Nine undocumented immigrants who purposely crossed the U.S.-Mexico border and are currently held in an immigration detention center may soon be able to petition for asylum before an judge, the Department of Homeland Security officials said on Monday. The undocumented youths will not be subject to immediate removal because their petitions for asylum are based on a credible fear of persecution if they are forced to return to Mexico.
The group consists of so-called DREAMer undocumented immigrants who were brought to the country as youths by their parents. Immigrant activists have also referred to them as the ‘DREAM 9′ team. Last month, three members purposely left the United States to attempt a border crossing from Mexico. They wanted to test the Obama administration’s commitment to deporting criminal immigrants instead of non-criminal families.
When the ‘Dream 9′ crossed the U.S. border at the Nogales Port of Entry last month, they were all detained by Border Patrol law enforcement officials. Their applications for humanitarian parole were denied and they were taken to the Eloy Detention Center. Some of them went on hunger strikes to protest the devastating conditions at Eloy. Their case gained national attention, with thirty-five members of Congress sending two separate letters asking for their release.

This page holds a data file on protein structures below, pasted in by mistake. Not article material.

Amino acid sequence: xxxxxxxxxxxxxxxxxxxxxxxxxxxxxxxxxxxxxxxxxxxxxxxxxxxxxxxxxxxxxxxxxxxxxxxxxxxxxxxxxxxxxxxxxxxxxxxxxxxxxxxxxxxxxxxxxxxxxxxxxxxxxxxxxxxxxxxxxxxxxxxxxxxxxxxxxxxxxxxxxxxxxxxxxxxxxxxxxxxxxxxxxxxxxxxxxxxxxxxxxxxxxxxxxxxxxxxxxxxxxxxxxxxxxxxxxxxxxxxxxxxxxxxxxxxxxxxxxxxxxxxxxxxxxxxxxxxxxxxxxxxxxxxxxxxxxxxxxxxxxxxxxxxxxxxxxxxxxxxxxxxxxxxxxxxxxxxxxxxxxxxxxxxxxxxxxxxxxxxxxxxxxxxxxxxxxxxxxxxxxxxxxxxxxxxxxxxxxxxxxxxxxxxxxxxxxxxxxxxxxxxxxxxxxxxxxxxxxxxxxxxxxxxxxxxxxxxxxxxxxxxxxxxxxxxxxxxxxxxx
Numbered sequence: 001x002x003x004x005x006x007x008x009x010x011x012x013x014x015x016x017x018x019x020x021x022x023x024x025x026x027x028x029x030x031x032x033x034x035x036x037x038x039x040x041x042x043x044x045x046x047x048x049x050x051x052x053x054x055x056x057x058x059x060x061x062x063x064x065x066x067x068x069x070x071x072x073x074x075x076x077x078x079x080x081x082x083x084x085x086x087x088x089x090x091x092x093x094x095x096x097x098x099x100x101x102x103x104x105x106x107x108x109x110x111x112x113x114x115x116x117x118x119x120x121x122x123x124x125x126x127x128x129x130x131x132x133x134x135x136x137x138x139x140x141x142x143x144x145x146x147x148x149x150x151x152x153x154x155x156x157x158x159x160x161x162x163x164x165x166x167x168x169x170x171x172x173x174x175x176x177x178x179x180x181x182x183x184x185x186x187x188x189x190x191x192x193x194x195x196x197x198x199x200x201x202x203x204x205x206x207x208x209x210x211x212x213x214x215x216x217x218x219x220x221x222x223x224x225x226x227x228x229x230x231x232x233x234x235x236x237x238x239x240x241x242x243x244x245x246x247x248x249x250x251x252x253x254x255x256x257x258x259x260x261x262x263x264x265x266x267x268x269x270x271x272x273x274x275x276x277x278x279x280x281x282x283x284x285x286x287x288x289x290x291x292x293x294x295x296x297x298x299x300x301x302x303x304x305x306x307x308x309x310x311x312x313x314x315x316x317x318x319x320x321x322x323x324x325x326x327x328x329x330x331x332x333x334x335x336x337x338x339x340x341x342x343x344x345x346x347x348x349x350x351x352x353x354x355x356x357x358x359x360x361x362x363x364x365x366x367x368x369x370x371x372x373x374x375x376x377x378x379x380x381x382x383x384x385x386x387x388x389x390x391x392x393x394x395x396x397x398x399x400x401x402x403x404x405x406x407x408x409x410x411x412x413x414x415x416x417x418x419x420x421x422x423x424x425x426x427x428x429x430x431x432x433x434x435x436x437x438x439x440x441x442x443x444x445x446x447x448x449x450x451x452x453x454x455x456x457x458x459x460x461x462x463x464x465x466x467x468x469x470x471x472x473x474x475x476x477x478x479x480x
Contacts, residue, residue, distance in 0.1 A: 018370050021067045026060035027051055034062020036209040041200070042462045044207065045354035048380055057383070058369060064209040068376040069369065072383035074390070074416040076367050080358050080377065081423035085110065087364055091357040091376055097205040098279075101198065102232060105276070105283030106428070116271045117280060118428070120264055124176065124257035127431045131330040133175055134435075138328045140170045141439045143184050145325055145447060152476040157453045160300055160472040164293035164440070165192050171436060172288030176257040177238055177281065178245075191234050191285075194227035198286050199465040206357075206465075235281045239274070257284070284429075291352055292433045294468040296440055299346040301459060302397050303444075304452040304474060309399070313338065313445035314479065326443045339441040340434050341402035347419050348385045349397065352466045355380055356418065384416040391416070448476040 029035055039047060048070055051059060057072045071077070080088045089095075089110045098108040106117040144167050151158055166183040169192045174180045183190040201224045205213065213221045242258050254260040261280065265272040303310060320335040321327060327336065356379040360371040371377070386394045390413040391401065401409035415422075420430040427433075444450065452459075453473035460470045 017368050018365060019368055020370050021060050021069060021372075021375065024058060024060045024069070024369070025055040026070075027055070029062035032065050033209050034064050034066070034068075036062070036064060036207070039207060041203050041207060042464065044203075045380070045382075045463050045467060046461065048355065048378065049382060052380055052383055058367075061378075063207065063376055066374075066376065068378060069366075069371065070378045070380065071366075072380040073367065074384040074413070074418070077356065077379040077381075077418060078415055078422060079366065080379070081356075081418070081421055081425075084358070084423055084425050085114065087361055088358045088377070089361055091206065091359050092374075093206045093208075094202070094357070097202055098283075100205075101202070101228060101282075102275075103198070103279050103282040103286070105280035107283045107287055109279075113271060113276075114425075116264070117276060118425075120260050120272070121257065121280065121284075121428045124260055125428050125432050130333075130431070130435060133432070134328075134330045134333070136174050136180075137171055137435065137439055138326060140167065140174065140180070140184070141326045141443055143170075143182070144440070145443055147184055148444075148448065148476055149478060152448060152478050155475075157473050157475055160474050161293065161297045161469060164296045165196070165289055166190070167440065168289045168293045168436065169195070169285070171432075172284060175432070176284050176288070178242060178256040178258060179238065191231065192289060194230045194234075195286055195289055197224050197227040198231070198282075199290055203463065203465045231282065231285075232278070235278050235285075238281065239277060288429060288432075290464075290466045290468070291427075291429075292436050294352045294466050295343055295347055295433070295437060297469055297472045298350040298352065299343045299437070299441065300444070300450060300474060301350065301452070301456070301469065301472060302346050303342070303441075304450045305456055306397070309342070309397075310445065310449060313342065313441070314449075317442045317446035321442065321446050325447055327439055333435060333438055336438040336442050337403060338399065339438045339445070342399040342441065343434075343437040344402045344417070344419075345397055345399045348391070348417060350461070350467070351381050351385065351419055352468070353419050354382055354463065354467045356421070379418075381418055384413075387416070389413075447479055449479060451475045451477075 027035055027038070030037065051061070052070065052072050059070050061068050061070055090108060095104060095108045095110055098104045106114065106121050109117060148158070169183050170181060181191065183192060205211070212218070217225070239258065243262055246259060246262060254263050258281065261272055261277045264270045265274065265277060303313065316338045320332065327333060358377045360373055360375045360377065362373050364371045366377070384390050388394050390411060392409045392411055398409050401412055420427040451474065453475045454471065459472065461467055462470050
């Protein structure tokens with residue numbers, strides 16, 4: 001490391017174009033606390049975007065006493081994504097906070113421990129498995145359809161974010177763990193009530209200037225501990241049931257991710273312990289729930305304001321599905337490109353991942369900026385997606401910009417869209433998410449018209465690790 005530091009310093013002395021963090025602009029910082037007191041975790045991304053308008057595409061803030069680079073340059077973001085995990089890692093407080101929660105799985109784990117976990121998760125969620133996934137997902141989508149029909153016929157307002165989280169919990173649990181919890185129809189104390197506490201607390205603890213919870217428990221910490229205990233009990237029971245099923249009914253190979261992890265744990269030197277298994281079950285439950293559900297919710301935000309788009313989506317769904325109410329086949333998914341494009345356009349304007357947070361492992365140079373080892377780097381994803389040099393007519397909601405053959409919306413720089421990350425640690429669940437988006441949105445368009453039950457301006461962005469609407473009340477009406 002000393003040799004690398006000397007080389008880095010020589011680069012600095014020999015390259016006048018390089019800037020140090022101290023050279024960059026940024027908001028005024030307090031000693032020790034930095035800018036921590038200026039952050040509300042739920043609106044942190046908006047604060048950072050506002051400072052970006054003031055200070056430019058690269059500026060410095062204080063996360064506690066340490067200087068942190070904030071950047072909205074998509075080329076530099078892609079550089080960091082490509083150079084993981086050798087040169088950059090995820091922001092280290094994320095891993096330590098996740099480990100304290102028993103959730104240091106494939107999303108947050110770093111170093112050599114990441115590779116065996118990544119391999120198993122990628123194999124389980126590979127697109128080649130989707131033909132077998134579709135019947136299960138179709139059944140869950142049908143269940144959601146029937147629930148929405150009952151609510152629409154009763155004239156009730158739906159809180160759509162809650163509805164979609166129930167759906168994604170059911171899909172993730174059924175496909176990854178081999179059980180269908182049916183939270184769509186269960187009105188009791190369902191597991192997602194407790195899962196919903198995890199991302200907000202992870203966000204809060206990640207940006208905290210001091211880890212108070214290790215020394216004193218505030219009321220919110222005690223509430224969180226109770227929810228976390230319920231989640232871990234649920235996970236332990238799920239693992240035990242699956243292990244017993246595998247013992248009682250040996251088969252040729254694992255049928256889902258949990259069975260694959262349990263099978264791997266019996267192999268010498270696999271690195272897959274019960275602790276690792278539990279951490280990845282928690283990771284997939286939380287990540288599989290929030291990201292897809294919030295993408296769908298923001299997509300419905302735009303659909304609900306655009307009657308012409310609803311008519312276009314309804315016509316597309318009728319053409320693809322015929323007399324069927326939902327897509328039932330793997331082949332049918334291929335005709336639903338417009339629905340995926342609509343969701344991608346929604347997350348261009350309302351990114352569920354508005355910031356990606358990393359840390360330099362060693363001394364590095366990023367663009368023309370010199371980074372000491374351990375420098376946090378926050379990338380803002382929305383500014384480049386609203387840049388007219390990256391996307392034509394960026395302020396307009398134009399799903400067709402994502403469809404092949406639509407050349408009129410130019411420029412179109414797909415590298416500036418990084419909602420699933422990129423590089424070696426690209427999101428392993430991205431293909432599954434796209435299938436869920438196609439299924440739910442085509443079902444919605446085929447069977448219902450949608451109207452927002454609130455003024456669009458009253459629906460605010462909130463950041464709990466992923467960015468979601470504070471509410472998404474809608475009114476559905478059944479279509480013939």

The DREAMers will now be scheduled for a hearing, and could be released on parole with a notice to appear in court in the meantime. Until a court makes a decision on their asylum case, the ‘Dream 9′ could also be held in detention. But it could take years for their cases to be heard by an immigration judge.
Even now that the undocumented youths may be able to stay in the United States as asylees, it is unclear whether there will be broader administrative implications for future undocumented immigrants who cross the border in such a manner. Advocates argue that many of the people that Obama has deported are similarly low-priority immigrants.